The Trojans celebrated what they thought was their victory, and dragged the wooden horse into Troy. That night, after most of Troy was asleep or in a drunken stupor, Sinon let the Greek warriors out from the horse, and they slaughtered the Trojans, leaving no men and raping many of the women. Those women that survived were divided among the Greek men along with the plunder and they set sail for home.

Menelaus, who had been determined to kill his wife, was soon taken by Helen's beauty and seductiveness that he allowed her to live. This victory brought only more suffering to the Greeks; They were split up by storms and lost their ways to return. Agamemnon, the king of Greeks was killed by his wife.

When they died, Helen and Menelaus were supposed to be buried at Therapne in a temple dedicated to them. Poor Helen’s fate did not end with her death, in the underworld she was married to yet another man, Achilles (the guy with the weak ankles), making him her fifth husband. From there she was even said to have blinded the poet Stesichorus (circa 640-555 BC) for writing unflattering things about her; she restored his vision when he recanted and composed a poem in her praise.

And I say good for her for setting Stesichorus straight! That shows some character standing up for herself. Character that is a pleasant surprise given the stereotype she was labeled with all her life. The poor woman was not treated for who she was, nobody seems to really know her, all they know about her is that she is beautiful and it caused her life havoc. She was tossed from man to man, with men that she may not have even truly loved. She had no say, she had no will of her own because no-one let her! She was not meant for love because of her beauty, she was a goddess; Divine and perfect in beauty and grace, only to be used because of it all her life. She could not live a normal life because no one perceived her for who she really was, no one even cared to get to know her for who she was. Beauty is only skin deep, did she begin to see herself as the hollow vessel men made her out to be? A vessel tossed about; how did she keep from shattering?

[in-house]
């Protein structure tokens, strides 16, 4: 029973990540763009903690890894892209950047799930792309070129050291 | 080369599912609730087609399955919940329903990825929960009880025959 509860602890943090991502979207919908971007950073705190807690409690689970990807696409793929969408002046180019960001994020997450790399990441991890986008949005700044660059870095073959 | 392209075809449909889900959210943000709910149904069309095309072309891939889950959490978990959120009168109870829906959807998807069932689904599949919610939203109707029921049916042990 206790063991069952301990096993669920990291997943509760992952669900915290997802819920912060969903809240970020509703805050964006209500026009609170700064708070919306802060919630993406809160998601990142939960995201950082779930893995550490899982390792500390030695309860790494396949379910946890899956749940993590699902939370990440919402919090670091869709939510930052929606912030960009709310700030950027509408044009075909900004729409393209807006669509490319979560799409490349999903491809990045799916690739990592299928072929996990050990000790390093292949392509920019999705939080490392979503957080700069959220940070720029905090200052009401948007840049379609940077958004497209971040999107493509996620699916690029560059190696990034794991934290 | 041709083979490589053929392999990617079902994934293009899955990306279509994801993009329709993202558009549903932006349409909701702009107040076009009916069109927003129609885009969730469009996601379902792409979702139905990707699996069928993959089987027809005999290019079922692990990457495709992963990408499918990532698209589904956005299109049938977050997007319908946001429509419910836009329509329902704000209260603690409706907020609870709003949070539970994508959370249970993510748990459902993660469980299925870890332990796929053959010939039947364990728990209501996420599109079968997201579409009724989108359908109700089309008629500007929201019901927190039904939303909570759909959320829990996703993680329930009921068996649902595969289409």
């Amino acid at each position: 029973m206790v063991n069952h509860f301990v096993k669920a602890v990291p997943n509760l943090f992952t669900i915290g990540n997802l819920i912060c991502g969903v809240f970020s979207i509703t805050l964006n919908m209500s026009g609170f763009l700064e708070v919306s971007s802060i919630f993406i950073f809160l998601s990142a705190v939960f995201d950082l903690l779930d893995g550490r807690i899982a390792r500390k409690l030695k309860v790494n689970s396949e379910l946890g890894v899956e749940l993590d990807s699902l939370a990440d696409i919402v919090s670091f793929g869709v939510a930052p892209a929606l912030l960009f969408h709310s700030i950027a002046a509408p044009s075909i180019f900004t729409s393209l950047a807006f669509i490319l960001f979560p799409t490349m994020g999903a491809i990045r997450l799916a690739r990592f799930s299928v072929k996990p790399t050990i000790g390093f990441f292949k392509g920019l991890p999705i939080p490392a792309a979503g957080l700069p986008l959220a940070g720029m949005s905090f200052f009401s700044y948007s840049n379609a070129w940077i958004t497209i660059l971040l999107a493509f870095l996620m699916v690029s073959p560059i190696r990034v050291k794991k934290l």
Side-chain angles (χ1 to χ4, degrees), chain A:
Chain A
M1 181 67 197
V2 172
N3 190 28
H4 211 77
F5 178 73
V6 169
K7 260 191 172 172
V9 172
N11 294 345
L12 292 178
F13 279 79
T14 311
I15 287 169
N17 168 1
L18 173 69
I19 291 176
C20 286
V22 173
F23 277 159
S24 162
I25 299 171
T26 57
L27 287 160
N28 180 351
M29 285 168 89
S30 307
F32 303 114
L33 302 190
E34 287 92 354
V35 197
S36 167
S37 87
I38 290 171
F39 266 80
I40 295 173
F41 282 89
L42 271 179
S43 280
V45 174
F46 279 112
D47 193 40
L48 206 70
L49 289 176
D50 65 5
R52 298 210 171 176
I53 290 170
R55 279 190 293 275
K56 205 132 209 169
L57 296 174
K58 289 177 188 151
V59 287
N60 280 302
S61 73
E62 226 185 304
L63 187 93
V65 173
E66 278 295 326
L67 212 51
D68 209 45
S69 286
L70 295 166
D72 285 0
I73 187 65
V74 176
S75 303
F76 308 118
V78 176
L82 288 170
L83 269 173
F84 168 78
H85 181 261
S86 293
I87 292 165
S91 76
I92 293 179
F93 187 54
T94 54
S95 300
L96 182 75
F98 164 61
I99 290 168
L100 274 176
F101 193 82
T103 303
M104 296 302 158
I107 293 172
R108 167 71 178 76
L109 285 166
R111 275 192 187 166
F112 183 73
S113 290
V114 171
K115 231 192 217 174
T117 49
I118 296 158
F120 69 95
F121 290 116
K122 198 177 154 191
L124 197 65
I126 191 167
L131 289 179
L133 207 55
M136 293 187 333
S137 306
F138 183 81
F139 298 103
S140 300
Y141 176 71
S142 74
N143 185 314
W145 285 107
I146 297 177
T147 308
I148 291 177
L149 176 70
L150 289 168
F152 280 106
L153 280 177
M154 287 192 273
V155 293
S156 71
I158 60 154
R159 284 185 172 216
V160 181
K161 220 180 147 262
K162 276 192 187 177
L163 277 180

Her enchanting looks were a barrier for men’s eyes to truly see her soul; How painful, how could she ever know truth? Know love?

Tuesday, March 30, 2004

I mourn;
-for loss
Of the people that we loved and who loved us and who just left us,
Of the people that we have to ‘leave’ for their best and our best,
Of the people we are physically distant from that we need close by, that we miss,
Of the people that weren’t supposed to let us down, disappoint us, ruin our dreams, should have been there for us and love us as we should be loved, who should not have done as they did,
Of the pet that had to be put down, who was the pillow you cuddled with and cried on, who was that dear old dog who just loved being around you and kissing your face,
Of the innocence we once had that some people have taken from us, that men continue to take from women when they don’t act as the brothers they should be,